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Transportation tips for caregivers

While we do offer a great transportation alternative for folks who no longer drive, or prefer not to, sometimes we cannot meet all the needs of our people.

The following is an article by Jamie Page Deaton from AARP, providing some great tips for caregivers regarding transportation.

Best car features for caregivers

When you’re a chauffeur for older adults, children or people with certain disabilities, what you drive matters.

Caring for someone else can mean a lot of stress — and a lot of time in the car. Driving to doctors’ appointments, tests, the pharmacy and even just trips around town can take on another level of complexity when you’re responsible for someone else’s needs.

The right car can be helpful to both you and the people you’re caring for. But if you have a car that supports your caregiving efforts, life will be that much easier. Here’s what caregivers need to look for when shopping for a car.

Access for people

If you or someone you’re caring for has limited mobility, ease of entry and exit is a big deal in a car. Life will be easier for people caring for children if little ones can get into the car by themselves or, at the very least, if you don’t have to contort yourself to buckle them into car seats.

Avoid low-slung sports cars and mile-high trucks and SUVs. Instead, minivans and crossovers offer good ease of access.

Minivans, such as the Toyota Sienna and Honda Odyssey, don’t require a huge step up to get into the vehicle, and their seats are at hip level for many adults, which means they’re easy to lower yourself into and get out of. Most minivans also offer doors that can be opened and closed remotely.

Crossovers ride slightly higher than cars do, but not as high as off-road SUVs, so getting in is easy. Look for doors that can swing wide and provide plenty of interior room for everyone to get situated. (The Toyota Venza, Jeep Patriot and Hyundai Tucson all have easy-access height and doors.)

Access for stuff

Caring for someone else often means traveling with a lot of stuff. Make things easy on yourself by getting a car that can handle extra cargo and makes loading and unloading easy. Most crossovers and minivans offer remote-opening rear hatches. For example, on the GMC Terrain, you can hit a button on the key fob and the cargo area will open. That’s a big help if you’re fumbling with children and bags in a busy parking lot.

Also consider how high the cargo load floor is, particularly if the person you’re caring for has heavy equipment that needs to be transported. On some crossovers, you have to lift very high (above your hips or waist) to get items into the cargo area. If you’re dealing with a heavy wheelchair, that will take a toll on your back. Before buying a car, take the gear you usually carry with you to the dealership and see how easy it is to load and unload.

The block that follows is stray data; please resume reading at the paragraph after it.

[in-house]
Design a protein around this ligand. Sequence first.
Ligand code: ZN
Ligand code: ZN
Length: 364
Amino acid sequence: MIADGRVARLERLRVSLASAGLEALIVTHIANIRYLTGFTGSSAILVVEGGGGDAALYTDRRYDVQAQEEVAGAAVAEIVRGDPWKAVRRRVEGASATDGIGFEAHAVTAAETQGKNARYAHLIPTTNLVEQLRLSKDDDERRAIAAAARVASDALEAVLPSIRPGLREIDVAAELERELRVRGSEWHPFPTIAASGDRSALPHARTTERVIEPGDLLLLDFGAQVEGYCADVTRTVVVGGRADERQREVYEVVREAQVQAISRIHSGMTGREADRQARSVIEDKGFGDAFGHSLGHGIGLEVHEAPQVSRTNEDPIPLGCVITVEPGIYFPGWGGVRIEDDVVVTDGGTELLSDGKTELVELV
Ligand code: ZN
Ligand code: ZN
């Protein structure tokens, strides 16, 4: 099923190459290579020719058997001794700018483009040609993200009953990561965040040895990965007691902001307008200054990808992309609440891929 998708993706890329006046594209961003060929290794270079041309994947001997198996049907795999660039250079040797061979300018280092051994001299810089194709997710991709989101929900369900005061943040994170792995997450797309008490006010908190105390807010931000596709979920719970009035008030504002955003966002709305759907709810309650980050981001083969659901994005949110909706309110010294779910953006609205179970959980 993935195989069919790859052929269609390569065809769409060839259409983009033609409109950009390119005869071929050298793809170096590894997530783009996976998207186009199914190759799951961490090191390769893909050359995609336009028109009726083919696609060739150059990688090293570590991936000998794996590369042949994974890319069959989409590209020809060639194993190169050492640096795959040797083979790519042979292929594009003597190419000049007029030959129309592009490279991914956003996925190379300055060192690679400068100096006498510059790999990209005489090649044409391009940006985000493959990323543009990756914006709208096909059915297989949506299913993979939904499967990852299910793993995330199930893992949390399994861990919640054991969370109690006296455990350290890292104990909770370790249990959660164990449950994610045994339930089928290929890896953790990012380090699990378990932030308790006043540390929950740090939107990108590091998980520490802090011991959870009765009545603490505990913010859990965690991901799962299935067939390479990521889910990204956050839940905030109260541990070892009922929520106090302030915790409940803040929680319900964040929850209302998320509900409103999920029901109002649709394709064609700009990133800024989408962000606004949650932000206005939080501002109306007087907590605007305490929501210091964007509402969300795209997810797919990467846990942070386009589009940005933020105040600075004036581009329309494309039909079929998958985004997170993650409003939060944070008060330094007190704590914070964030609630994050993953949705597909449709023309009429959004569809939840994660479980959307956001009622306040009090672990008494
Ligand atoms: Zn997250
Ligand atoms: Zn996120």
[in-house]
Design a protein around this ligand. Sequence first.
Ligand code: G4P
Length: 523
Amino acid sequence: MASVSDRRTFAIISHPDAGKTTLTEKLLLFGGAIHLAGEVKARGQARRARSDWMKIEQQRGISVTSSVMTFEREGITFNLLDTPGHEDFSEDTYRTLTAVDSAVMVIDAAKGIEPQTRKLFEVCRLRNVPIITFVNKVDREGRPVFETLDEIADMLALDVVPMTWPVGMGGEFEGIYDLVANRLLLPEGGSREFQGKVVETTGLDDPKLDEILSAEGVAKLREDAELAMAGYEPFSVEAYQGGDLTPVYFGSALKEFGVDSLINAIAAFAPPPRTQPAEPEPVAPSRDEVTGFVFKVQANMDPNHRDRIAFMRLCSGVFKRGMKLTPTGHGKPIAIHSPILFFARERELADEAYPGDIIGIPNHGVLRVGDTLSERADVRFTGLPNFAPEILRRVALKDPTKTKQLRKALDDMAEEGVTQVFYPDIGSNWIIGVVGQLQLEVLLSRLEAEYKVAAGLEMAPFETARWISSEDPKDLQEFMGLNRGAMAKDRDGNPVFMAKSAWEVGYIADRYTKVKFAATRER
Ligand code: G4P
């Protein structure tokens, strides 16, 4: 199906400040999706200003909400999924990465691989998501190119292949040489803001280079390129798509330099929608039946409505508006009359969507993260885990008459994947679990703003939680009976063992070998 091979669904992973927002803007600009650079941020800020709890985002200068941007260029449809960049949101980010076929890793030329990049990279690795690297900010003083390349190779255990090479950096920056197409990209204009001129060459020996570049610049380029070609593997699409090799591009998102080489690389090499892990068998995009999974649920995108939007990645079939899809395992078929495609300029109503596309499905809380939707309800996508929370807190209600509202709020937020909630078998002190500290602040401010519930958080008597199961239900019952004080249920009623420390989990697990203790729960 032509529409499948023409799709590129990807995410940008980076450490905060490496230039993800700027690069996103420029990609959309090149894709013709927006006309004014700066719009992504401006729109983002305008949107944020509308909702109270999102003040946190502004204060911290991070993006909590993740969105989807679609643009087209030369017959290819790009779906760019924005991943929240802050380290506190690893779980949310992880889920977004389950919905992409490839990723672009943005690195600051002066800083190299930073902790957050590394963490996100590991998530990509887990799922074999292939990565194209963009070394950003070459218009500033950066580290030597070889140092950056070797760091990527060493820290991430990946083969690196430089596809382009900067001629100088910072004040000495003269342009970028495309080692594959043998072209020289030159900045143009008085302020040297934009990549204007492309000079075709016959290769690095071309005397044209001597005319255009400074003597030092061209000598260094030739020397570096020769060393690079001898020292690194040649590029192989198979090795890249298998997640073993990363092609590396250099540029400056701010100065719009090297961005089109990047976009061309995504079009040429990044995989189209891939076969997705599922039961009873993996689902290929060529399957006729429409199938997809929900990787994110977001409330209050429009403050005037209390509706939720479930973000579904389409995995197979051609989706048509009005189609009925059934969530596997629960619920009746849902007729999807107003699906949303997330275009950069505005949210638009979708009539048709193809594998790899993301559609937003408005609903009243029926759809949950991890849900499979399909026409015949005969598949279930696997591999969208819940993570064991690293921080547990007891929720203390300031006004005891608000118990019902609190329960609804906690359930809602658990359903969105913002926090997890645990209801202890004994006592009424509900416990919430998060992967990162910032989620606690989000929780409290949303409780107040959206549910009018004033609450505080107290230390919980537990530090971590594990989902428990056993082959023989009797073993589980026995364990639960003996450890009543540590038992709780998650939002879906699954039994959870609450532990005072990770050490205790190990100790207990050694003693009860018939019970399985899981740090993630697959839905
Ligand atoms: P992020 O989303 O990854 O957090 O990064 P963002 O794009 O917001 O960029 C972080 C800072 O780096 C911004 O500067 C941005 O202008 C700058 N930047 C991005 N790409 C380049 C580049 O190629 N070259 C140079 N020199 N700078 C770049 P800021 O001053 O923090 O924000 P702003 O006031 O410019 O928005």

Desirable technology features

One way a car can make caregiving easier is by having the right interior technology. Depending on your needs, the technology can be as simple as a radio so you can play soothing music for an agitated passenger. Or the technology can be a communications service that will connect you to emergency workers if needed.

A navigation system can be a big help to any caregiver, particularly if you travel out of town a lot. Most navigation systems can quickly find and direct you to the nearest hospital or pharmacy; some can even use the phone book to find doctors’ offices.

The navigation system on many Ford, Honda and Hyundai models can find medical care easily. (They can also locate restaurants and movie theaters, for when you need a break!) Since navigation systems on new cars can be expensive, you might try a portable unit, which can be purchased at an electronics store. Portable GPS devices usually cost less and do many of the same things as installed models.

A caregiving nation

The U.S. Department of Health and Human Services estimates that 21 percent of the adult population is caring for another adult. That’s 44 million Americans in caregiver roles, without counting adults who are caring for children.

And according to a 2011 report by AARP, caregivers, are on the road — a lot. They provide 1.4 billion trips per year for older adults who no longer drive.

You might also consider in-car telematics, which are systems that monitor the car’s condition and position. A touch of a button and you’re connected with paramedics. These systems, which are available on General Motors, Toyota, Hyundai and Mercedes-Benz vehicles, also feature automatic crash response technology that detects a crash and sends help, even if you’re incapacitated.